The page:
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And here she is, and I think I got her likeness pretty well:

Green Woman - Finished Face

That’s as far as I can take the face right now, onto the background next. There’s lots of hair to add!


Green Woman #3 – Sewing the Face

December 31, 2019 at 8:13 pm | Posted in Fiber Art, Patchwork | 1 Comment

Last time I decided to sew the face first, because the colours there will definitely influence whatever I’m doing for the hair. So, here’s what I did:

Step 1: copy the lines of the face to the shiny side of some freezer paper. The shiny side because it will be ironed onto the back of the pieces of fabric, and I don’t want to end up with a mirror image. You’ll need a permanent marker that writes and stays on plastics for that.

Green Woman - copying the face onto freezer paper

The letters are short for the different colours, and the tick marks will be used to pin the pieces precisely for sewing – particularly important for curves.

Step 2: Cut the pieces apart and iron them onto the fabric. The shiny side will stick onto the fabric when heat is applied, but not very strongly so it can be easily removed later.

Green Woman - pieces of the face

Step 3: Trace around the pieces and add the tick marks. Here’s a detail shot on how that looks like:

Green Woman - tracing around the freezer paper

Step 4: Cut all the pieces out, adding a seam allowance. Arrange in correct order for sewing:

Green Woman - pieces for face

You can see in the light green that the freezer paper is still attached to the back of the pieces at this point. Since my lines are curvy, I do need to remove it before starting to sew.

Step 5: Sew. I’m leaving you with a link to Ruth B. McDowell’s “Piecing – Expanding the Basics” for detailed instructions and lots of inspirational pictures. Here’s what I ended up with after quite a bit of cursing (some of the curves are almost too tight for sewing):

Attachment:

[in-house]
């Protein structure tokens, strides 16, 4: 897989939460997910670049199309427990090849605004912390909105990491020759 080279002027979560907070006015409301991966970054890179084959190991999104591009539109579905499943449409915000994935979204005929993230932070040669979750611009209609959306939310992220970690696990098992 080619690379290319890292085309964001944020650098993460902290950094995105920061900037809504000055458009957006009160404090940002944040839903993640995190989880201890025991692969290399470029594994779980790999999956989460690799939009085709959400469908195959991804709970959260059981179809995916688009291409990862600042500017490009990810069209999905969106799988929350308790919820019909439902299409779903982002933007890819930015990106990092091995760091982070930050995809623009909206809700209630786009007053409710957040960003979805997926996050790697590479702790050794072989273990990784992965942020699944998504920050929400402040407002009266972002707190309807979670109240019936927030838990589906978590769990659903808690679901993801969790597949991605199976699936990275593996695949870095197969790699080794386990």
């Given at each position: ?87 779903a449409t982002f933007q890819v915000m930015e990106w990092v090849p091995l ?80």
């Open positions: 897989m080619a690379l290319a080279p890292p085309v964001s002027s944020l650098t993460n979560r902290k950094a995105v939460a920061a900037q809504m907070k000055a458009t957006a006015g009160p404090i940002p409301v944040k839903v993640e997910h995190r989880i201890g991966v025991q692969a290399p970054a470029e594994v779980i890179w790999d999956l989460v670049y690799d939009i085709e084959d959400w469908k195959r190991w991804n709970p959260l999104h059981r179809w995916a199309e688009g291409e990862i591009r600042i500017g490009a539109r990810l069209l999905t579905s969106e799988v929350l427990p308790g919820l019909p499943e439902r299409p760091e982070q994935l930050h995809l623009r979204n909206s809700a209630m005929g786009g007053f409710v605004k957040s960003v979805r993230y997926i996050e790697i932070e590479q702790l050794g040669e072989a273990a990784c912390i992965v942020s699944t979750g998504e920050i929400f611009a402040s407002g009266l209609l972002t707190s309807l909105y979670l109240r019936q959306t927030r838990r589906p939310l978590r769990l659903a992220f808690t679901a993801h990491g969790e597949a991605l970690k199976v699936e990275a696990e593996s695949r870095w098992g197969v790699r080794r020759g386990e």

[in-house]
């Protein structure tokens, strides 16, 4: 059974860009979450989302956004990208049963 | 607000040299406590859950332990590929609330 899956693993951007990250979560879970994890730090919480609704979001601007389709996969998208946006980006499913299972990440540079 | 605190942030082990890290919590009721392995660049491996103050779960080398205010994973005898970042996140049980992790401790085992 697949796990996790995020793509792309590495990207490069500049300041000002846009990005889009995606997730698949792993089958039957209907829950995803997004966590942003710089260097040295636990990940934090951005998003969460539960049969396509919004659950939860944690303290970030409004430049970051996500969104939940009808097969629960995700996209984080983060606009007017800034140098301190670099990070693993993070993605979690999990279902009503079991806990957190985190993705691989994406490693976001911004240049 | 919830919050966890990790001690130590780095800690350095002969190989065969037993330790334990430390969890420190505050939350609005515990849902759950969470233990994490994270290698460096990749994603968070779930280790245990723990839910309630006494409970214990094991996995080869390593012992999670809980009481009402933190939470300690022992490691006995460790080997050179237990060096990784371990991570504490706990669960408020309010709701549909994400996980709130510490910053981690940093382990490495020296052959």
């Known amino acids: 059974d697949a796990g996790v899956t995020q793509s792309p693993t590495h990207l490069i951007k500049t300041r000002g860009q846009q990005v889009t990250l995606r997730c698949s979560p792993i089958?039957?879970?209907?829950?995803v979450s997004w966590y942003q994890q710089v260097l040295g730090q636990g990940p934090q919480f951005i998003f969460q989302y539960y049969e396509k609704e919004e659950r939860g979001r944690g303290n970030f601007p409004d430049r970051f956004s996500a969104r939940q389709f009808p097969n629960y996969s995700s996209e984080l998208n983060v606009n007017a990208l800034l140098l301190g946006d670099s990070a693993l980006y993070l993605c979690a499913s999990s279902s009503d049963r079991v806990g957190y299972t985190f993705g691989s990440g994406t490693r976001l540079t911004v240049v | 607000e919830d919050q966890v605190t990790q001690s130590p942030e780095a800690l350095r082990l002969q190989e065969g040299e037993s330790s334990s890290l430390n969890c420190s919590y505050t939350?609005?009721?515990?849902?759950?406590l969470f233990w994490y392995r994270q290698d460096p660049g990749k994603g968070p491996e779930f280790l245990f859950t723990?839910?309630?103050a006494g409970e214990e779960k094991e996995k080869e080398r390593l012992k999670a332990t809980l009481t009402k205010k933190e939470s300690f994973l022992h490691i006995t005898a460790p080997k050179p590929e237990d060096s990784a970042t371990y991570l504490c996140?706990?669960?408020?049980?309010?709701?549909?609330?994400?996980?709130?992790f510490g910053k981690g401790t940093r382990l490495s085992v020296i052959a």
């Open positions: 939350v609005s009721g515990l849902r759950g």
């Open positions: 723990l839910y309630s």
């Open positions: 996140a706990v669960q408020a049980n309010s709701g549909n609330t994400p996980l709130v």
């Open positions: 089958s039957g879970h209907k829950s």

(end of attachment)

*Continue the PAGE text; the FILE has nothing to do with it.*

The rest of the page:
GreenWoman - Pieced Face

The light green fabric is thinner and more tightly woven than standard quilting fabric, and it also doesn’t iron as well. This led to quite a few wrinkles in her face. I’m fine with this, since what’s a few wrinkles between friends? Also, I will be quilting things quite heavily and probably most of it will not be that obvious once I’m done.

This is a pretty flat image for the moment. Obviously the shading is missing, and I’ll need to add at least some of it, probably while quilting. But I did make heavy use of the one way I have to directly add some dimensionality, which is by controlling which way I ironed the seam allowances. I’ll strengthen that effect later with some strategic quilting.

By the way, did you notice that she’s looking ever so slightly to the left? I didn’t until I traced the face a couple of times and noted the differences. I love how this project makes me look closer at the original artwork!

The next step should be pretty obvious: Giving her some eyes. I have some ideas on how to do them, but there’ll probably some experimenting first.




Green Woman #2 – A Plan for the Background

December 20, 2019 at 8:24 pm | Posted in Fiber Art, Patchwork | 3 Comments

Last time around I showed you what exactly it is I’m tackling with this project, and now there actually are some first steps! It’s all black ink on paper though, no fabric involved yet.

Green Woman - drafting the background

So, here’s an A3 copy of the black and white drawing, overlaid with drafting paper. For the background, I’m obviously ignoring the white foreground, pretending it isn’t there. I’m also ignoring all the detail that weaves in and out of the rest – the vines and thorns, the leaves and flowers, and the tight spirals of her hair. What I’m trying to do is to figure out what makes sense to be one piece of fabric – similar colour, similar structure etc. The colour printout helps with this. Here’s the result of my first try, with quite a few false starts included:

Green Woman - Background, first draft

A second version is in order, and already looks much better. Here’s both of them next to each other, so you can see the comparison:

GreenWoman - first and second draft of background

Next, finding the right fabric. I pulled all the greens I can see me using out to get an idea of what I have: